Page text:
Yemen’s kitchen crisis: lack of basic necessities

Yemen is facing a severe humanitarian crisis as a result of ongoing conflict and economic collapse has left many kitchens without enough food. The crisis has been exacerbated by the COVID-19 pandemic, which has further disrupted essential services and exacerbated already dire living conditions for many Yemenis. An estimated 77 per cent of the 4.3 million people displaced in Yemen are women and children, while approximately 26 per cent of displaced households are now led by women (compared to 9 per cent before the escalation of the conflict in 2015).

The conflict in Yemen began in 2015 when Houthi rebels, who are primarily from the Zaidi Shia minority group, took control of the capital city of Sana’a and forced the internationally recognized government of President Abdu Rabu Mansour Hadi to flee. The conflict has since escalated into a full-scale civil war, with the Houthis fighting against the Hadi government and a coalition of Arab states led by Saudi Arabia and the United Arab Emirates (UAE).
The conflict has had devastating consequences for the civilian population, with widespread reports of human rights abuses and violations of international law. Thousands of people have been killed, and millions have been displaced from their homes. Many of those who have been displaced are living in overcrowded and unsanitary conditions, making them more vulnerable to disease outbreaks.

The conflict has also had a severe impact on the economy, with the destruction of infrastructure, the collapse of the currency, and the disruption of trade and agriculture. This has led to widespread food insecurity in Yemen’s kitchen’s across the country and malnutrition, with millions of people dependent on humanitarian aid to survive.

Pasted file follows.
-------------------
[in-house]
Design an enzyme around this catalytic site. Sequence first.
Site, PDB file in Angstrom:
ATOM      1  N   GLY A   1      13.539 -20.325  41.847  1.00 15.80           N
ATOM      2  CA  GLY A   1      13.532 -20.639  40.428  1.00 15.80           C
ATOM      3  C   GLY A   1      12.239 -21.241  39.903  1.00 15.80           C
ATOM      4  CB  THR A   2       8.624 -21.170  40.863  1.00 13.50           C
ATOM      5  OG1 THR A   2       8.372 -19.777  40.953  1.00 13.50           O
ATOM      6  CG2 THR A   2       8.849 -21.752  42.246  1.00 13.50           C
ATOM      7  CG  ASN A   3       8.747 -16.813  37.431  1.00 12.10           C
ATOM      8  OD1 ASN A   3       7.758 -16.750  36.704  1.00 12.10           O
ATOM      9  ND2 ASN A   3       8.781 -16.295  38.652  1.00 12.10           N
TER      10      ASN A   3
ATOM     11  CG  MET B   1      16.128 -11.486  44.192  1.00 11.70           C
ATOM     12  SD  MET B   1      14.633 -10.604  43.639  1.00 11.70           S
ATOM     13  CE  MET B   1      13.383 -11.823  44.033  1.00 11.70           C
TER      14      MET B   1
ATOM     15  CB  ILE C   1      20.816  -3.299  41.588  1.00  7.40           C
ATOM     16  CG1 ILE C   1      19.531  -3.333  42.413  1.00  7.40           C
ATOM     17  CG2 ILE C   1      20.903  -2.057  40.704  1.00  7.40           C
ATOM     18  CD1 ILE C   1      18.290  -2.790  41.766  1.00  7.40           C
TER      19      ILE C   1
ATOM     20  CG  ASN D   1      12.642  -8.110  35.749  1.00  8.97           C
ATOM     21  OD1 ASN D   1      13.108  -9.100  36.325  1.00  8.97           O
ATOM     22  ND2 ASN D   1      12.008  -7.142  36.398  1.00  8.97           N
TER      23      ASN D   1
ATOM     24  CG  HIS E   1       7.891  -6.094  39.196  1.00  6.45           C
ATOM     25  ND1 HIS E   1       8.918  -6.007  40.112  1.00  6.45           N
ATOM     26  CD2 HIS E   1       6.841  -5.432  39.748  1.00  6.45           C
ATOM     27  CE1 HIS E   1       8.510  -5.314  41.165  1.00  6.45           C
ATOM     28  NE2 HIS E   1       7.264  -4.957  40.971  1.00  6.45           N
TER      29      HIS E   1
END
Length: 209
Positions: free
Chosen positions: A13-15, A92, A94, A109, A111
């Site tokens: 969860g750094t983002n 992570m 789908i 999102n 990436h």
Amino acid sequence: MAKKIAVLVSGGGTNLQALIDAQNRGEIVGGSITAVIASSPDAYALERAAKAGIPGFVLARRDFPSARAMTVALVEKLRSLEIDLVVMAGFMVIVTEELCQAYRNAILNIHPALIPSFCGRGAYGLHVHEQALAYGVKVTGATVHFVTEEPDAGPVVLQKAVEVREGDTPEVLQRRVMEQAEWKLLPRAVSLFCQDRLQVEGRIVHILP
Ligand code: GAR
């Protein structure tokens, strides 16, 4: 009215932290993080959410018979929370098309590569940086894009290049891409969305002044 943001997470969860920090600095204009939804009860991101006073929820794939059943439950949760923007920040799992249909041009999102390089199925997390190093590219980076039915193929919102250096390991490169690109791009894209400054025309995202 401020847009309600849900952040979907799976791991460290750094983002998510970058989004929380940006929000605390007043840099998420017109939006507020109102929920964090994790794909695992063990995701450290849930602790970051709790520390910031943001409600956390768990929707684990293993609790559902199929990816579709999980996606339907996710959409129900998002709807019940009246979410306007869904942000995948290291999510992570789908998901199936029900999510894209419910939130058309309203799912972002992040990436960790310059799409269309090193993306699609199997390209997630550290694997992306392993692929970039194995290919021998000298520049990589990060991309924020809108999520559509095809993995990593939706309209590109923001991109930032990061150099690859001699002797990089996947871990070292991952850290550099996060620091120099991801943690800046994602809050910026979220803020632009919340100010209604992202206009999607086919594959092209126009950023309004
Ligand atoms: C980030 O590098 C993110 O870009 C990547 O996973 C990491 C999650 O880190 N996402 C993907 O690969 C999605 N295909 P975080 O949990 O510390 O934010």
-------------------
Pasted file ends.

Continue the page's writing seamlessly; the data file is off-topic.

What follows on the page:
One of the most pressing issues facing Yemen is the humanitarian situation in the northwest of the country, where the Houthis hold a significant presence. This area has been the site of some of the most intense fighting and has been heavily targeted by the Saudi-led coalition. As a result, civilians have been displaced, and infrastructure has been damaged or destroyed. Many people have been forced to flee their homes and kitchens in Yemen, and those who remain are often unable to access basic services such as clean water, healthcare, and education.

The COVID-19 pandemic has further exacerbated the humanitarian crisis in Yemen. The country has a weak healthcare system, which has been further weakened by the conflict and economic collapse. This has made it difficult for the government to respond effectively to the pandemic, and cases of COVID-19 have been on the rise. The pandemic has also had a severe impact on the economy, with many people losing their jobs and businesses struggling to survive.
In addition to the conflict and the pandemic, Yemen is also facing several other challenges, including a cholera outbreak and a famine that has been described as the worst in 100 years. The famine is a result of the conflict and economic collapse, as well as restrictions on imports and access to food. Many people are unable to afford to buy food, and those who can find food often have to pay exorbitant prices.

The international community has responded to the crisis in Yemen by providing humanitarian aid. In the first ten months of 2022, 200 humanitarian organizations continued to deliver aid to an average of 10.7 million people per month. However, the situation remains dire.